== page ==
Anna Swan was born in Tatamagouche, Nova Scotia on August 6th, 1846. She was a large baby. She began her life at eighteen pounds and simply continued to grow. By the age of four she was almost five feet tall. By the time she was sixteen, Anna towered over her parents and 12 siblings. When she was done growing Anna stood a staggering seven feet, eleven and a half inches tall.
She began her exhibition career shortly after her seventeenth birthday. She started at the very top, working with P. T. Barnum in his New York Museum. Anna was often paired with the famous midget Tom Thumb, to better accentuate both of their statures.
Anna made a great deal of money under the management of Barnum. Unfortunately, her career with the famous promoter was rife with disaster. The original Barnum Museum caught fire while Anna was on exhibit there and she barely escaped with her life. Trapped on an upper floor, Firemen were unable to carry her to safety. Instead, an outside wall was demolished and a crane was called to facilitate the rescue. When Barnum rebuilt his museum, Anna returned only to lose all of her possessions in a second museum fire. Anna quit the business for a time and returned to Nova Scotia. However, in 1869, Barnum invited her on a tour of the United States.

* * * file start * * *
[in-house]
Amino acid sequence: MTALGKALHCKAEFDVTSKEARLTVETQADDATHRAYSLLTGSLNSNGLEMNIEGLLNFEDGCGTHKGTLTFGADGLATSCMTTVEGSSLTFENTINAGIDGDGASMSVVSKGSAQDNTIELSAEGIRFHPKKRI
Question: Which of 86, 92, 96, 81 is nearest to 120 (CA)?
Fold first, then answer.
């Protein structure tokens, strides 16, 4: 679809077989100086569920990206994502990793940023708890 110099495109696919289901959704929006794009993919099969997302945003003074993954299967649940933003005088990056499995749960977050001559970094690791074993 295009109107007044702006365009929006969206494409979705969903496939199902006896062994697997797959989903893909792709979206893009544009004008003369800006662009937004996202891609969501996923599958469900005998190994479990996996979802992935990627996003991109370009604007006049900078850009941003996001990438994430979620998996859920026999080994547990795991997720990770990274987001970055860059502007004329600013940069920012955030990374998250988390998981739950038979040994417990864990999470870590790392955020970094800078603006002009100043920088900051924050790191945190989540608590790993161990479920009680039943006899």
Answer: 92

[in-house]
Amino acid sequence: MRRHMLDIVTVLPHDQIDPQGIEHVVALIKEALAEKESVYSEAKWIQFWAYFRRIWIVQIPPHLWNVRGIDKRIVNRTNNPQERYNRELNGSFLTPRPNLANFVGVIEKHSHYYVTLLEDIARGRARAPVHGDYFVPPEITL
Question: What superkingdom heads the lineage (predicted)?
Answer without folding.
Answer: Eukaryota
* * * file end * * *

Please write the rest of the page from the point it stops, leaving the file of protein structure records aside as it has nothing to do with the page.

While on tour Anna met a Kentucky gentleman named Martin Van Buren Bates. Bates had been a Confederate Captain during the Civil War. He was charming, soft spoken and eloquent. He also happened to be nearly eight feet tall. The pair fell in love and married on June 17th, 1871. The pair, billed as the ‘World’s Tallest Couple’ were showered with wedding gifts. Queen Victoria herself provided the gown and diamond ring.
The Gigantic couple settled in Seville, Ohio and used their vast career earnings to build a colossal home. The ceilings were fourteen feet high, every door was at over eight feet in height and every piece of furniture was custom build for their frames. The pair continued to tour, but only sparingly.
In 1872 Anna gave birth to her first child. The little girl weighted eighteen pounds, just like her mother had, but unfortunately did not survive long after birth. In 1879 the couple had another child, this time a twenty-two pound boy. Sadly, he too did not survive past infancy.
Despite these tragedies, the two titans lived together in their custom home quite happily in love. In 1888, one day before her forty-second birthday, Anna passed away unexpectedly. Her husband, Martin, erected a great funeral monument to his wife.
Atop her grave towers a fifteen foot statue of a Greek Goddess.
Although Martin later remarried he insisted that, upon his death, he be laid to rest next to his beloved Anna and their children. He request was granted and today they rest together.
Image: Anna Swan pitch card. From the author’s collection.